Fraud detection systems improve and learn by example. Therefore the techniques and tricks fraudsters adopt evolve in time along with, or better ahead of fraud detection mechanisms. This cat and mouse play between fraudsters and fraud fighters may seem to be an endless game, yet there is no alternative solution so far. By adopting and developing advanced analytical fraud detection and prevention mechanisms, organizations do manage to reduce losses due to fraud since fraudsters, like other criminals, tend to look for the easy way and will look for other, easier opportunities.

Fraud is typically a carefully organized crime, meaning that fraudsters often do not operate independently, have allies, and may induce copycats. Moreover, several fraud types such as money laundering and carousel fraud involve complex structures that are set up in order to commit fraud in an organized manner. This makes fraud not to be an isolated event, and as such in order to detect fraud the context (e.g., the social network of fraudsters) should be taken into account. This is also extensively discussed in our book.

A final element in the description of fraud provided in our book indicates the many different types of forms in which fraud occurs. This both refers to the wide set of techniques and approaches used by fraudsters as well as to the many different settings in which fraud occurs or economic activities that are susceptible to fraud.

Q3. What is the current state of the art in ensuring early detection in order to mitigate fraud damage?

Many companies don’t use analytical fraud detection techniques yet. In fact, most still rely on an expert based approach, meaning that they build upon the experience, intuition and business knowledge of the fraud analyst. Such an expert-based approach typically involves a manual investigation of a suspicious case, which may have been signaled for instance by a customer complaining of being charged for transactions he did not do. Such a disputed transaction may indicate a new fraud mechanism to have been discovered or developed by fraudsters, and therefore requires a detailed investigation for the organization to understand and subsequently address the new mechanism.

Comprehension of the fraud mechanism or pattern allows extending the fraud detection and prevention mechanism which is often implemented as a rule base or engine, meaning in the form of a set of IF-THEN rules, by adding rules that describe the newly detected fraud mechanism. These rules, together with rules describing previously detected fraud patterns, are applied to future cases or transactions and trigger an alert or signal when fraud is or may be committed by use of this mechanism. A simple, yet possibly very effective example of a fraud detection rule in an insurance claim fraud setting goes as follows:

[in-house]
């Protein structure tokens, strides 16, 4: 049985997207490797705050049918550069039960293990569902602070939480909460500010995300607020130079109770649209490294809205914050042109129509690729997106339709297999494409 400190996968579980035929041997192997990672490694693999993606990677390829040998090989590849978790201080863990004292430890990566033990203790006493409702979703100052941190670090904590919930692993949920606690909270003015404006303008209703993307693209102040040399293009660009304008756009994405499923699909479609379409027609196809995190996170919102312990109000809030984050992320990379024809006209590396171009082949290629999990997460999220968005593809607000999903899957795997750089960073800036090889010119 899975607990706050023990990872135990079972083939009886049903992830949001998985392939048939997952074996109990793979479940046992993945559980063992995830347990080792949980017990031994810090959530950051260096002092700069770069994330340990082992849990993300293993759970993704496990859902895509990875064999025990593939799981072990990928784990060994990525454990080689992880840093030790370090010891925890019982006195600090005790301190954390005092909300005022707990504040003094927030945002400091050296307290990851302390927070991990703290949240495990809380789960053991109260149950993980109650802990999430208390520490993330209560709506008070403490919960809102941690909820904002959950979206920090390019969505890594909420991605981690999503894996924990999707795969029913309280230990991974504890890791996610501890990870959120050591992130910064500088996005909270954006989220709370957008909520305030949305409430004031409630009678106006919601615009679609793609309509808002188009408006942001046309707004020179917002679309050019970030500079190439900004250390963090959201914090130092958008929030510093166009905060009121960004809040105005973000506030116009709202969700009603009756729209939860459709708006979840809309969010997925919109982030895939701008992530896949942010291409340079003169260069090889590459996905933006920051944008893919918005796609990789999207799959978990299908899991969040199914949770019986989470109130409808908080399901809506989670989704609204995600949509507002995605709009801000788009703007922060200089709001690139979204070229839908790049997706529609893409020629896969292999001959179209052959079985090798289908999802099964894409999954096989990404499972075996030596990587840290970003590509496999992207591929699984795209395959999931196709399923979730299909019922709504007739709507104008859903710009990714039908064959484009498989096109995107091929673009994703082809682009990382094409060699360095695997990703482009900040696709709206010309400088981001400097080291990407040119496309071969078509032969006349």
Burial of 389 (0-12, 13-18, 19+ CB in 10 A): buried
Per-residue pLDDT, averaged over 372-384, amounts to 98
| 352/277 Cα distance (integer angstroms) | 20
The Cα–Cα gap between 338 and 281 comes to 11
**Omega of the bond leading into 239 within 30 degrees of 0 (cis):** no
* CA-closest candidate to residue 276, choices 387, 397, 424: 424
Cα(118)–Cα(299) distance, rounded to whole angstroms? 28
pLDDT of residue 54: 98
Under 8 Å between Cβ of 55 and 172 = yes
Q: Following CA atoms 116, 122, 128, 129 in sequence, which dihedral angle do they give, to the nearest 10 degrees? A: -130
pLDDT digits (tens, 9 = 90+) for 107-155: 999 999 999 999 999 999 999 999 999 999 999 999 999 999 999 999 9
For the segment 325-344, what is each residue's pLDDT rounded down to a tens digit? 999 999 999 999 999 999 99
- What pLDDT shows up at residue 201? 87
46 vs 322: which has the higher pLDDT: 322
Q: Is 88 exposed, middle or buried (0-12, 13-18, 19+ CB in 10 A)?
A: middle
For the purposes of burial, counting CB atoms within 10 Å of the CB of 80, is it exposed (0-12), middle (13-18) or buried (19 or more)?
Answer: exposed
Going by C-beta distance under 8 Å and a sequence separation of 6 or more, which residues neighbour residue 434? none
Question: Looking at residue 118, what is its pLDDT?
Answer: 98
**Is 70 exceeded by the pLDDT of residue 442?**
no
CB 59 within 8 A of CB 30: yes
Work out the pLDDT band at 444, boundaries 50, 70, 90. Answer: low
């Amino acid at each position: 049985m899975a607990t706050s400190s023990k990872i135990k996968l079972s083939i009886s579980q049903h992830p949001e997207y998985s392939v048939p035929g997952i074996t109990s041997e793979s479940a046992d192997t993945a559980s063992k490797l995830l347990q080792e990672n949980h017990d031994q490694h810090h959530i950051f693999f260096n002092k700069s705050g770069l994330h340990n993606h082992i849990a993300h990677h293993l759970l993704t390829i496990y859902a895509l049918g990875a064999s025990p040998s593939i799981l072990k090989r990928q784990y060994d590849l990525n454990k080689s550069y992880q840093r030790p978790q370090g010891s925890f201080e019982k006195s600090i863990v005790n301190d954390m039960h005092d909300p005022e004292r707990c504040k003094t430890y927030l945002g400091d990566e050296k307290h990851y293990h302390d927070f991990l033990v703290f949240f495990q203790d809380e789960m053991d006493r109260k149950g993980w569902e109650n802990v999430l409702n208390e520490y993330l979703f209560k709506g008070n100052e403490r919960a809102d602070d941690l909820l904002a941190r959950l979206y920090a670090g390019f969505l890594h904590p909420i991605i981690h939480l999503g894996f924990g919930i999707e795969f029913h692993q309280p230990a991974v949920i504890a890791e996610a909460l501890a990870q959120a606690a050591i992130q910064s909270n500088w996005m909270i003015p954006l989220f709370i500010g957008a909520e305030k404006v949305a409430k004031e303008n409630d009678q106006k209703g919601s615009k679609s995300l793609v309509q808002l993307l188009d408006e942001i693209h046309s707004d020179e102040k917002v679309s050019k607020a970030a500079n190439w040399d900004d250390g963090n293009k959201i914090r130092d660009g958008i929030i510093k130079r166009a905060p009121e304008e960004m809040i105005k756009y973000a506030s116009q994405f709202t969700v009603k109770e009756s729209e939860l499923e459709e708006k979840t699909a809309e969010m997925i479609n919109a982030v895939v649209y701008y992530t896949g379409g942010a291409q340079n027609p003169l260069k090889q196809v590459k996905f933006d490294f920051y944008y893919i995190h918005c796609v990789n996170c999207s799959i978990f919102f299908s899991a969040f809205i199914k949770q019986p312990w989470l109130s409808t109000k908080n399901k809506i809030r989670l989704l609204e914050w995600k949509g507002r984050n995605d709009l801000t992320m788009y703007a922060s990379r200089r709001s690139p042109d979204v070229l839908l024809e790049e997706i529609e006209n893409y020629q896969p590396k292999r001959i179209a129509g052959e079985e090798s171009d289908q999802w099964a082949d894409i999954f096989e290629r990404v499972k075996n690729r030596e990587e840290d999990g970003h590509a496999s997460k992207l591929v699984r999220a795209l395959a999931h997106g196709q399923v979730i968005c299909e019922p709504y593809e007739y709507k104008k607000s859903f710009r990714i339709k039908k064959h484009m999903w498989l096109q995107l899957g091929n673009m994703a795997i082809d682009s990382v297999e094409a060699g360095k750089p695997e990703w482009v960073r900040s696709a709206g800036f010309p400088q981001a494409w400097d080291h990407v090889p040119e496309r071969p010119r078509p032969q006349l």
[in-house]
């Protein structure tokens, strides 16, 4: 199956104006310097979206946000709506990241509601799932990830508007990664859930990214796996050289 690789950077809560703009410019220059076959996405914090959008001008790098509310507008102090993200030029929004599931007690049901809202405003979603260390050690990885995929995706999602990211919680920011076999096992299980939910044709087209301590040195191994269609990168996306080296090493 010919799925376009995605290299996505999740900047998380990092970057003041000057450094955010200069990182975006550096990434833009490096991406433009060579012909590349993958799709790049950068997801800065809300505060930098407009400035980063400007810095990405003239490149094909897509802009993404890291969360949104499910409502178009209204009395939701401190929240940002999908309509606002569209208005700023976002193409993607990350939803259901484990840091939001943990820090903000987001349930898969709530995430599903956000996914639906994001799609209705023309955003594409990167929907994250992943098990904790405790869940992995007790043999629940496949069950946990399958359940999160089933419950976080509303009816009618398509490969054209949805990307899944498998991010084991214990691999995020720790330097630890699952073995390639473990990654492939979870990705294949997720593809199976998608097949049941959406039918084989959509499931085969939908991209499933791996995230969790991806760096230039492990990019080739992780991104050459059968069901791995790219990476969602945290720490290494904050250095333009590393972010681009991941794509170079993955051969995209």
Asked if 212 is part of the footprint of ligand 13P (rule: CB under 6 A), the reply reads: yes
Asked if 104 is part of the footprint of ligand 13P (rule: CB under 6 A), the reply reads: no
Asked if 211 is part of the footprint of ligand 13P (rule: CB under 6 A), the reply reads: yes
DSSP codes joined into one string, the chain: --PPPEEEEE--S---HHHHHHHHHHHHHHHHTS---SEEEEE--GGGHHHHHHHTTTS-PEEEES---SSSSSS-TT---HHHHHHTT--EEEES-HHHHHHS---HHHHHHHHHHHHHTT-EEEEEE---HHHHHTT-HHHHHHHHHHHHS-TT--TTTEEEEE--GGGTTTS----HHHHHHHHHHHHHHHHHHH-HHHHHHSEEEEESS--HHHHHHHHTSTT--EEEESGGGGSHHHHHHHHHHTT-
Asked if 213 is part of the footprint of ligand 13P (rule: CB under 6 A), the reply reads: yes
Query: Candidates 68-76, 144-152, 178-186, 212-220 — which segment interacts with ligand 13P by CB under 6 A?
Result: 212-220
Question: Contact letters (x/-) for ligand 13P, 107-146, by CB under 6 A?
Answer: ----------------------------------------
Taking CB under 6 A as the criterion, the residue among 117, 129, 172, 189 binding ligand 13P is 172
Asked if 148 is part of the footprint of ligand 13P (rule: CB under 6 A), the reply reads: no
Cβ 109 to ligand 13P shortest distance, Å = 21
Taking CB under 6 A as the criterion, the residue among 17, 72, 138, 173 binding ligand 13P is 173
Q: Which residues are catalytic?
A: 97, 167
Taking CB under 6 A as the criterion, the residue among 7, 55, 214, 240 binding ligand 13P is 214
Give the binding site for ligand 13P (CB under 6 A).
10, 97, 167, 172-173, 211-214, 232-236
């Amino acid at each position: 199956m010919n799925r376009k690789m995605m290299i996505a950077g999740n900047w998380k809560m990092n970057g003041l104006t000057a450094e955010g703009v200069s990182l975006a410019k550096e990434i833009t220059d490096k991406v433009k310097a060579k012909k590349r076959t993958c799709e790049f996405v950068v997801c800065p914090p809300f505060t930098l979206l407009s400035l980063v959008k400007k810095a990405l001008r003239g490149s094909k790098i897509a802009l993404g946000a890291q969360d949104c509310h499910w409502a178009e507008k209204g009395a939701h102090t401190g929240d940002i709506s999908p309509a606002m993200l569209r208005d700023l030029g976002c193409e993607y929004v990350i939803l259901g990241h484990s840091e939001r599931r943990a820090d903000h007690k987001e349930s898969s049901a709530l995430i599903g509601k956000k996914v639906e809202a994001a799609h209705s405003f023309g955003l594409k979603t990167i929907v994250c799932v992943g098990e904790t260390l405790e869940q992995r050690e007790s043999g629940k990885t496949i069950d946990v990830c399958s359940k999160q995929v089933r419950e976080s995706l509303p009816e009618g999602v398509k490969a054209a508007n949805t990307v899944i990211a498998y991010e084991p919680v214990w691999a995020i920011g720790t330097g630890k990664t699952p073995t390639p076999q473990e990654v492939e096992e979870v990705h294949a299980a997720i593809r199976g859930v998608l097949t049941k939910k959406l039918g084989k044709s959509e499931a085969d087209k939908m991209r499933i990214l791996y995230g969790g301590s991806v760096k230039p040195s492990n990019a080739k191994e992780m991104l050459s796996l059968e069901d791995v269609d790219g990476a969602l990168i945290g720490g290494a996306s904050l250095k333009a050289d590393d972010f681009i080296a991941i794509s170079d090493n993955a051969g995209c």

IF:

  • Amount of claim is above threshold OR
  • Severe accident, but no police report OR
  • Severe injury, but no doctor report OR
  • Claimant has multiple versions of the accident OR
  • Multiple receipts submitted

THEN:

  • Flag claim as suspicious AND
  • Alert fraud investigation officer

Such an expert approach suffers from a number of disadvantages. Rule bases or engines are typically expensive to build, since requiring advanced manual input by the fraud experts, and often turn out to be difficult to maintain and manage. Rules have to be kept up to date and only or mostly trigger real fraudulent cases, since every signaled case requires human follow-up and investigation. Therefore the main challenge concerns keeping the rule base lean and effective, in other words deciding upon when and which rules to add, remove, update, or merge.

By using data-driven analytical models such as descriptive, predictive or social network analytics in a complimentary way, we can improve the performance of our fraud detection approaches in terms of precision, cost efficiency and operational effectiveness.

Q4. Is early detection all that can be done? Are there any other advanced techniques that can be used?

You can do more than just detection. More specifically, two components that are essential parts of almost any effective strategy to fight fraud concern fraud detection and fraud prevention. Fraud detection refers to the ability to recognize or discover fraudulent activities, whereas fraud prevention refers to measures that can be taken aiming to avoid or reduce fraud. The difference between both is clear-cut, the former is an ex post approach whereas the latter an ex ante approach. Both tools may and likely should be used in a complementary manner to pursue the shared objective, being fraud reduction. However, as also discussed in our book, preventive actions will change fraud strategies and consequently impact detection power. Installing a detection system will cause fraudsters to adapt and change their behavior, and so the detection system itself will impair eventually its own detection power. So although complementary, fraud detection and prevention are not independent and therefore should be aligned and considered a whole.

Q5. How do you examine fraud patterns in historical data? 

You can examine it in two possible ways: descriptive or predictive. Descriptive analytics or unsupervised learning aims at finding unusual anomalous behavior deviating from the average behavior or norm. This norm can be defined in various ways. It can be defined as the behavior of the average customer at a snapshot in time, or as the average behavior of a given customer across a particular time period, or as a combination of both. Predictive analytics or supervised learning assumes the availability of a historical data set with known fraudulent transactions. The analytical models built can thus only detect fraud patterns as they occurred in the past. Consequently, it will be impossible to detect previously unknown fraud. Predictive analytics can however also be useful to help explain the anomalies found by descriptive analytics.